Speaking to the White House press corps in the Oval Office on Friday, U.S. President Donald Trump said he is willing to help resolve the escalating tensions between South Korea and Japan if they both ask him to mediate.
President Trump said Washington's involvement would be a (quote)" full-time job", hinting the U.S. prefers the two Asian countries to iron out their differences by themselves.
Although he didn't elaborate in detail, President Trump said President Moon Jae-in had asked him if he could mediate.
"In fact the president of Korea asked me if I could get involved. I say how many things will have to get involved in? I'm involved with North Korea, on helping, you I'm involved in so many different things. We just did a trade deal, a great trade deal with South Korea, but he tells me that they have a lot of friction going on now with respect to trade, primarily with respect to trade."
South Korea's request for President Trump's involvement was verified by Cheong Wa Dae spokesperson Ko Min-jung who said President Moon had asked for President Trump's help during their bilateral summit in Seoul last month.
This a part of Seoul's move to resolve the issue diplomatically, amid a slew of Japanese media reports at the time on the possibility of Tokyo slapping economic restrictions on South Korea, as retaliation for Seoul upholding local courts' decision to liquidate certain Japanese companies' assets operating in South Korea to compensate the Korean victims of Japan's wartime forced labor.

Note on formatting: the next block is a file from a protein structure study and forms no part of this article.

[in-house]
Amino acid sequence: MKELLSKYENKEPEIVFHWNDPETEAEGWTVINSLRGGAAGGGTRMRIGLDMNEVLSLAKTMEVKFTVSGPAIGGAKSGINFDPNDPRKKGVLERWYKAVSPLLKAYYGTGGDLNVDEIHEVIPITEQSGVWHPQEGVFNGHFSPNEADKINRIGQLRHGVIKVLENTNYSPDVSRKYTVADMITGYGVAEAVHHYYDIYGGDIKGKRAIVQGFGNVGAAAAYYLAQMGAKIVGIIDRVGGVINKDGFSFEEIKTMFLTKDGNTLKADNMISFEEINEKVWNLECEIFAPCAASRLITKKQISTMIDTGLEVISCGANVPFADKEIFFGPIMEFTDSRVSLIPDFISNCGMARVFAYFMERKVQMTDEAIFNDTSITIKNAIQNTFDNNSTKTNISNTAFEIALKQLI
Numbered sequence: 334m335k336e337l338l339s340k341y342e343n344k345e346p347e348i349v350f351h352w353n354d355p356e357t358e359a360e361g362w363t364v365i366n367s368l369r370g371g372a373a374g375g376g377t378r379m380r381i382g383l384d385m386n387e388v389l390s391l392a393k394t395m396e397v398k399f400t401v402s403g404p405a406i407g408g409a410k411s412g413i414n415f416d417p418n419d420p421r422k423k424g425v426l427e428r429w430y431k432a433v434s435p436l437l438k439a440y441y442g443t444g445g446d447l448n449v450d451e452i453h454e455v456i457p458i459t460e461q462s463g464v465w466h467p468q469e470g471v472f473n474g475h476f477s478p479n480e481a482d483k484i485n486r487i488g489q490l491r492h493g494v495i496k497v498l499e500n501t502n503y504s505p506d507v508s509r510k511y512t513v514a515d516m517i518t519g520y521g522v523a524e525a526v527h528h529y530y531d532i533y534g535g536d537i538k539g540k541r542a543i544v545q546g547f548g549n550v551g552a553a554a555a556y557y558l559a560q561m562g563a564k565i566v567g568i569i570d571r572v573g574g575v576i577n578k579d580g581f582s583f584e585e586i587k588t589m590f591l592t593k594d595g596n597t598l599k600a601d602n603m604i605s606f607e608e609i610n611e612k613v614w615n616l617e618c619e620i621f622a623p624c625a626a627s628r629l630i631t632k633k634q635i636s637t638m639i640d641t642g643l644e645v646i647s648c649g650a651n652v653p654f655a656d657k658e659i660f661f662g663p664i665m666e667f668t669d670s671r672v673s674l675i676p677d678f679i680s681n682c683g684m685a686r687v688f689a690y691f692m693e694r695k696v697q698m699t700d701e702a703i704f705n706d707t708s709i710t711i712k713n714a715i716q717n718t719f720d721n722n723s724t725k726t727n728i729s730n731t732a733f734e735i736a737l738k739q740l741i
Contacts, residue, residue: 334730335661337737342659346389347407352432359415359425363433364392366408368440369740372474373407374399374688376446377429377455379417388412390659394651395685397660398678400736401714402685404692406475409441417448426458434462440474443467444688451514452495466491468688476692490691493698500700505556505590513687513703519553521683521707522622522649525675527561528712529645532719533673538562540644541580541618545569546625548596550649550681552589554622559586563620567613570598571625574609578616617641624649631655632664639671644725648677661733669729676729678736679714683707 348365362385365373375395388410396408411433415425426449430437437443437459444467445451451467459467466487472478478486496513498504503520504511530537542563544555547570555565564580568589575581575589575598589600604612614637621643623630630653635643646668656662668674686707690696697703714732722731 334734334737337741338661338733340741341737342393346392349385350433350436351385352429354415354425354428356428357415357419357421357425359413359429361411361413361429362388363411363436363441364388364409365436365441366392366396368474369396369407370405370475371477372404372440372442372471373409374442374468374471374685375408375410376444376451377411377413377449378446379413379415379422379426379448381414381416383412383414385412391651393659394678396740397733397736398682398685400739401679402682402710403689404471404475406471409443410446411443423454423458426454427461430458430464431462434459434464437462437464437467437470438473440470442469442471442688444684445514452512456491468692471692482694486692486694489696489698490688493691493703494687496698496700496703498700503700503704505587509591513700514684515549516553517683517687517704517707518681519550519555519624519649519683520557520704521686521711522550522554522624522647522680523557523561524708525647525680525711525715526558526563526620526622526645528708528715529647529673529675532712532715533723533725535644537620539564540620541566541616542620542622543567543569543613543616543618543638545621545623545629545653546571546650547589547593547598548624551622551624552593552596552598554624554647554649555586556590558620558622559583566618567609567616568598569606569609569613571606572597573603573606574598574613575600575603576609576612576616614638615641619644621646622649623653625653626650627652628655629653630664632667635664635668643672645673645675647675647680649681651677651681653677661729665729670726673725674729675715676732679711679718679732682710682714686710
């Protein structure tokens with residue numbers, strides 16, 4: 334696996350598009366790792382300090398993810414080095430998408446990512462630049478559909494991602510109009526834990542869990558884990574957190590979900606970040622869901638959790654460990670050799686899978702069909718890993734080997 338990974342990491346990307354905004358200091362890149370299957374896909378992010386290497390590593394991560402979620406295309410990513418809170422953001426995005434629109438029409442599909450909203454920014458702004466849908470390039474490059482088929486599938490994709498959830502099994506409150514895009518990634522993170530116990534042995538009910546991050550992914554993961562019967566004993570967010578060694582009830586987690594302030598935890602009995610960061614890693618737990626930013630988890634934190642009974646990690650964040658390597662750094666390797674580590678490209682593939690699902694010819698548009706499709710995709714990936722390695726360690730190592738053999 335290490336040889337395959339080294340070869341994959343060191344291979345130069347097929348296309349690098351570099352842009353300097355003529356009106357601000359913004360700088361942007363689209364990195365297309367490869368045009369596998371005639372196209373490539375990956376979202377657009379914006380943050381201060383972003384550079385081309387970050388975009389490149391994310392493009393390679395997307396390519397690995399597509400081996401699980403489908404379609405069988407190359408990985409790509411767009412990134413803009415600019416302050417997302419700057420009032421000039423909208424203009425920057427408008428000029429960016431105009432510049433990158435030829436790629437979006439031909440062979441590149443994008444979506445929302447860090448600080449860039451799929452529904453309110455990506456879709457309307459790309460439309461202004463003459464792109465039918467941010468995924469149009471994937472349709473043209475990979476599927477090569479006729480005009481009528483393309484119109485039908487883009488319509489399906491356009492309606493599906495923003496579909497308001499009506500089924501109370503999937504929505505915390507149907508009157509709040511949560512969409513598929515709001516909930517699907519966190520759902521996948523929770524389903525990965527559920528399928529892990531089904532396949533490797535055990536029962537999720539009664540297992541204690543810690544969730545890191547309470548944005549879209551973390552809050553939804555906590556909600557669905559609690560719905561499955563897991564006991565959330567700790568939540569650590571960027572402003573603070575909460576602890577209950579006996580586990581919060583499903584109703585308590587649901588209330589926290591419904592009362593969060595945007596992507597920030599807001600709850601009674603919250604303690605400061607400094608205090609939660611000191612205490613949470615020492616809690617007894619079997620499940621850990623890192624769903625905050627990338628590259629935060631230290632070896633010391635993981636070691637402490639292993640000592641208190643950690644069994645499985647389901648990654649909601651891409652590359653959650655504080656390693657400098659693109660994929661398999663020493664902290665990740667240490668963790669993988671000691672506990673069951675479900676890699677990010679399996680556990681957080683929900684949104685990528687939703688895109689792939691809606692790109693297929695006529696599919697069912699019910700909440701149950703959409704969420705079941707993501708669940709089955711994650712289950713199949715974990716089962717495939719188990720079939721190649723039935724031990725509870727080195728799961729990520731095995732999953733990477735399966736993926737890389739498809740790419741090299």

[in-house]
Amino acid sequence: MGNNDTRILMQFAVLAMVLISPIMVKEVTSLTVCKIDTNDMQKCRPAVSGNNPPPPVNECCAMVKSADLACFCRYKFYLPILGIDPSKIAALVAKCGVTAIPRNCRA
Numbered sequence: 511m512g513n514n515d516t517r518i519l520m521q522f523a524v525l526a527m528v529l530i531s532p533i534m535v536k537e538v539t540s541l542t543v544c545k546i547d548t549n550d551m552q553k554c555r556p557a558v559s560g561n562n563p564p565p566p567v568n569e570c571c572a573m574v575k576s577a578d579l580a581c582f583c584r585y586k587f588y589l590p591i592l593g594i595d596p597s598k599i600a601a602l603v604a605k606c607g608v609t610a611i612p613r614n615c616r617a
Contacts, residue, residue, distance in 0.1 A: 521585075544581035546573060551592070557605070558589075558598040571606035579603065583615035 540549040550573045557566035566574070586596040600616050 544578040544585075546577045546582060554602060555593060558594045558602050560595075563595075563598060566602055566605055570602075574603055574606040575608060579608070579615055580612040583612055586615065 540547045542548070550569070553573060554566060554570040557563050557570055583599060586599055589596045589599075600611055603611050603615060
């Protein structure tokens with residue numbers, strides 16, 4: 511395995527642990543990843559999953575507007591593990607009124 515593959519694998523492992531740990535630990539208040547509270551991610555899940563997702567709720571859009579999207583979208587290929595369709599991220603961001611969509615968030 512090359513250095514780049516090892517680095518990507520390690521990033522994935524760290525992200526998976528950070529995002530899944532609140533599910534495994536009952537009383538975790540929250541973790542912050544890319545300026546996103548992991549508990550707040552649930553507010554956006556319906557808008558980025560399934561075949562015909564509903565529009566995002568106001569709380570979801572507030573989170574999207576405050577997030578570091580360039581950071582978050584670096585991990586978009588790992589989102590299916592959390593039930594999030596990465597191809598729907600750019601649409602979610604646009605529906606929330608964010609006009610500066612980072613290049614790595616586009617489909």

Citing an official from the U.S. State Department spokesperson's office, Voice of America reported Saturday, the U.S. will (quote)"encourage" South Korea and Japan to resolve their issue through dialogue, but said Washington has no plans to mediate in their affairs.
The official quoted remarks by David Stilwell, the U.S. assistant secretary of state for East Asian and Pacific Affairs, who visited Seoul last Wednesday and said that as a close friend and ally of South Korea and Japan the U.S. will "do what it can" to support efforts in resolving the two countries' dispute.
Kim Ji-yeon, Arirang News.